After you settle on a translation, you will have a variety of sizes, styles and colors. I chose a single column journaling bible with a plain black cover. I prefer the single column format because it is easy to read and my illustrations are next to the text they are referencing. I also picked out my Bible based on size. I wanted something small enough to toss in a diaper bag.

Bible Commentary.

I find a good Bible commentary to be helpful with reading my Bible. When I get to a passage I don’t understand, I enjoy reading more about it. Usually, there is some kind of historical or cultural significance that I did not pick up on. Commentaries are also great for linking passages back to other passages. You can use online commentaries or books, but be selective in choosing one. The Bible is God-breathed and authoritative. Commentaries are human written and therefore can actually contradict the Bible. When reading through scripture, always pray for wisdom and understanding from the Holy Spirit. Also, remember that the Bible was written for everyone, not just those that have been through seminary school. I use The Holman Illustrated Bible Commentary.

Highlighters.

Last week, I mentioned that I do a lot of highlighting in my Bible. Ordinary highlighters will bleed through your pages. However, several people use them with no problem. I would definitely test out any pen, paint or highlighter in your Bible before using them. You can use one of the reference pages at the front or back of your Bible as a test page.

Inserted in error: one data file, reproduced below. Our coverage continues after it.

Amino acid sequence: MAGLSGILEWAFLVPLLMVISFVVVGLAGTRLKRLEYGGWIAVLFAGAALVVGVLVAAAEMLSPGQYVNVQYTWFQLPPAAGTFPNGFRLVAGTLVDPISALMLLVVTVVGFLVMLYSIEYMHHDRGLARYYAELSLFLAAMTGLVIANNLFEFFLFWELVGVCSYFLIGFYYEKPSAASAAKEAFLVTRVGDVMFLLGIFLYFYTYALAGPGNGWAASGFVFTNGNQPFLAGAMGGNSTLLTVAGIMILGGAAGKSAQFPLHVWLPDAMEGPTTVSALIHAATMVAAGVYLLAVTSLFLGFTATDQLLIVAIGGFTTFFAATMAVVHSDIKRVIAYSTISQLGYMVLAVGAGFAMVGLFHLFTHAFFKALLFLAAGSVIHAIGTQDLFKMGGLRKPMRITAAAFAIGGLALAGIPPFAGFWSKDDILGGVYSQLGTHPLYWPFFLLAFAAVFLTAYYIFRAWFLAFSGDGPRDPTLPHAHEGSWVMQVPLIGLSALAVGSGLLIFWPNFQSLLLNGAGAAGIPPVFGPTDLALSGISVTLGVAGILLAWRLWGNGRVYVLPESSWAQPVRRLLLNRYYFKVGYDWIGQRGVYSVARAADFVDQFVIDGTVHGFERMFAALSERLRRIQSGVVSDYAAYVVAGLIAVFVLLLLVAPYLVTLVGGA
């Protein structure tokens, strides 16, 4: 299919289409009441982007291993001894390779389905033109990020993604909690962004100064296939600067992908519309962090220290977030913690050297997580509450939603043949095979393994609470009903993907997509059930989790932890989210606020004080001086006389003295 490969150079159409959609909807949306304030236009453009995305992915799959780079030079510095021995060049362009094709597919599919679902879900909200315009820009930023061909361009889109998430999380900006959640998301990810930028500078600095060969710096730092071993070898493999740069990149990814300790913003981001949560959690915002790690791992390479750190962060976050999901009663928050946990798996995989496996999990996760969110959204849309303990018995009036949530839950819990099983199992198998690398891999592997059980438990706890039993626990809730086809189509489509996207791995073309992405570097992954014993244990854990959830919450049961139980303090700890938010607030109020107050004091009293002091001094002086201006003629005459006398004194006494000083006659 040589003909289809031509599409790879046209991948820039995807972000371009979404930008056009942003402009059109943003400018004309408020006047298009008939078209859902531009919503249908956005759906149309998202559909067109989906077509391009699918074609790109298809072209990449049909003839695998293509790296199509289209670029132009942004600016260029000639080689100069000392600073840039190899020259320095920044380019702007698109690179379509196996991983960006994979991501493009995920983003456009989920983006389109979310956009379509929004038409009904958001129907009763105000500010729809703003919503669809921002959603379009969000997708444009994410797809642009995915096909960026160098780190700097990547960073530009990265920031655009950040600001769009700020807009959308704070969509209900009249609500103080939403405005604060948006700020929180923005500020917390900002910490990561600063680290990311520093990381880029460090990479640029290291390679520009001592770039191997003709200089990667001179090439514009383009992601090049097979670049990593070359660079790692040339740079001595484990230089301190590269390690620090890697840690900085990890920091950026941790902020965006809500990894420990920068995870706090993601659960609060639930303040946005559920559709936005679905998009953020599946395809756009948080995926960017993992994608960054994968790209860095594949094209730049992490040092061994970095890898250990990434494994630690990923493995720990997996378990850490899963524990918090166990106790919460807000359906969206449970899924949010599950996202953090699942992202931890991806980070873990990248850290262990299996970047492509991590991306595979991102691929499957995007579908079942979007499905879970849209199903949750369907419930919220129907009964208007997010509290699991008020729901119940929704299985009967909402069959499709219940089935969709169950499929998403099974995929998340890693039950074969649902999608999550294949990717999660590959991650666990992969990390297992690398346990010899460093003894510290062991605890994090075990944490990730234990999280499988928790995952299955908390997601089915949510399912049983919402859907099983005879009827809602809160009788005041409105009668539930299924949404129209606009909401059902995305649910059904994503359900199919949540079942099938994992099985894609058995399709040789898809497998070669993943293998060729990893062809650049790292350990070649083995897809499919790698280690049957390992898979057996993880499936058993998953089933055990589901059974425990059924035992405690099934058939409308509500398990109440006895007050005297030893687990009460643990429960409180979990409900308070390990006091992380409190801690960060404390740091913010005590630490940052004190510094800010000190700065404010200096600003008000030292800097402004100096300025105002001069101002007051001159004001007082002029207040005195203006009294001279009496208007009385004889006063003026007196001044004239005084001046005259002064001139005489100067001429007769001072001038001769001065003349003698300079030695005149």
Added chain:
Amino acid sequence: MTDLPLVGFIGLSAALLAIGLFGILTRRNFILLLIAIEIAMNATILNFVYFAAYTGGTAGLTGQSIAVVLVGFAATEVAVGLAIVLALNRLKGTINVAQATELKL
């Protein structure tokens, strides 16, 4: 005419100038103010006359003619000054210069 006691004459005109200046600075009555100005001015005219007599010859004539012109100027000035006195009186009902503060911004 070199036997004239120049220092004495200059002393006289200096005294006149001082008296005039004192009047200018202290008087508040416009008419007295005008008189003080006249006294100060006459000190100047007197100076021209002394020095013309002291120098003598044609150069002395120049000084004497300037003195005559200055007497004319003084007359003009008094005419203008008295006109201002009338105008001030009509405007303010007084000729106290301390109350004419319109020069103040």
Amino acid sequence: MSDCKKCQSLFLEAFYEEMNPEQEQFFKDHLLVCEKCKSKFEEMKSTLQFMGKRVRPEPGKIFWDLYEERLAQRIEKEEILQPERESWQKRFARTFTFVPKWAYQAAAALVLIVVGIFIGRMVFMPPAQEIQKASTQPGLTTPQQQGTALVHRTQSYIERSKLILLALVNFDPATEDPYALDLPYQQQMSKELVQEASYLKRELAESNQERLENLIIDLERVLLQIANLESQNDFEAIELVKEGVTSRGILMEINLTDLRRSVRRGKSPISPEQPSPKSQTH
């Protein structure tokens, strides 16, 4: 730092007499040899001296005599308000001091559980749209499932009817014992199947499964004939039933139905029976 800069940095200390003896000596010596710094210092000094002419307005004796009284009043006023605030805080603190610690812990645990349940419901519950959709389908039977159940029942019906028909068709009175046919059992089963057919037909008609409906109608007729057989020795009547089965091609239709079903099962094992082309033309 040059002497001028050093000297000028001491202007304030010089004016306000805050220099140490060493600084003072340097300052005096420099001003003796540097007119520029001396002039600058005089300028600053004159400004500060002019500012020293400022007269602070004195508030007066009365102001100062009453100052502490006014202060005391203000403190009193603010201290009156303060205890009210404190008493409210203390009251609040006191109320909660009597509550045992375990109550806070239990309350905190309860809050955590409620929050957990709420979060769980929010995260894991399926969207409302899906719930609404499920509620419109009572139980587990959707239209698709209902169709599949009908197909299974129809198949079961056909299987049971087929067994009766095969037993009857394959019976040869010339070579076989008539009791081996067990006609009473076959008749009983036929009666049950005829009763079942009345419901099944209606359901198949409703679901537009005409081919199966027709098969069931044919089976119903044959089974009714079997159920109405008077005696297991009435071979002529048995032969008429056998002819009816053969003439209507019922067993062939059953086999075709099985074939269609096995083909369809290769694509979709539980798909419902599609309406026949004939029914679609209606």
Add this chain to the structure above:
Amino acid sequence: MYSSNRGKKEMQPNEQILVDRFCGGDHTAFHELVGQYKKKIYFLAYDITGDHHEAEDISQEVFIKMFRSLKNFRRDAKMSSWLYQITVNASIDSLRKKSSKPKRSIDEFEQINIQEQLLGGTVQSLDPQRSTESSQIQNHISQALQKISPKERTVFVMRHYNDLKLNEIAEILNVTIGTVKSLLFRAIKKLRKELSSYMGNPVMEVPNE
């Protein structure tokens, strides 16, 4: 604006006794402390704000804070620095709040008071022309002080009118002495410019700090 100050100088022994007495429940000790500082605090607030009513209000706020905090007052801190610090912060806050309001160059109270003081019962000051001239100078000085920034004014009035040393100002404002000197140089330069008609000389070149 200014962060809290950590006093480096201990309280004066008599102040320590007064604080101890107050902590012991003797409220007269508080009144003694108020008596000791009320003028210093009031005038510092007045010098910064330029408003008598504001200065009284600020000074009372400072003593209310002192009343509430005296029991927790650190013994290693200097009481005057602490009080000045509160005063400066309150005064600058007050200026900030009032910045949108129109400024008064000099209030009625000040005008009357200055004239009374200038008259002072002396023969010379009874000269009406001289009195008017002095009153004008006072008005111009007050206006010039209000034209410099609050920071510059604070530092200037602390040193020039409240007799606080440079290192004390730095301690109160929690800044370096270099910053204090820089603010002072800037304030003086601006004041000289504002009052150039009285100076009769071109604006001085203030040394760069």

When I first started Bible Journaling, I used Crayola crayons. They worked to keep me engaged in my reading; however, they had a bit of grittiness to them.

ACCU-Gel Highlighters are my highlighter of choice. I like a Bible highlighter that works more like crayon because it will not bleed through the page. These are very vibrant. The colors do not rub off, but they will leave a waxy feeling to your page for a day or so (this goes away quickly).

I have seen the Zebra Eco Zebrite Highlighters recommended, but I have not used these.

Storage.

Depending on where you plan on doing your Bible Journaling, you will need a way to store all of your tools. If you will always be journaling at the same desk and don’t need your tools to be portable, you can always use a pencil caddy and desk organizer for your supplies.

Otherwise, you will probably use some sort of bag for everything. Any bag will do for storage. Even a gallon size Ziploc bag works just fine. It is clear, so you can see everything at once and it is a very inexpensive option. Some people like to get a makeup case. Most of these have elastic holders designed for makeup brushes that allow you to keep your favorite pens organized easily. I personally use a zipper pouch from 31 Gifts.

Next week, I will discuss my favorite tools for illustrating the margins of my Bible.

*Please note, I get a small percentage of sales from the Amazon links above (except where noted). However, these are all products that I use myself and am personally recommending for my readers.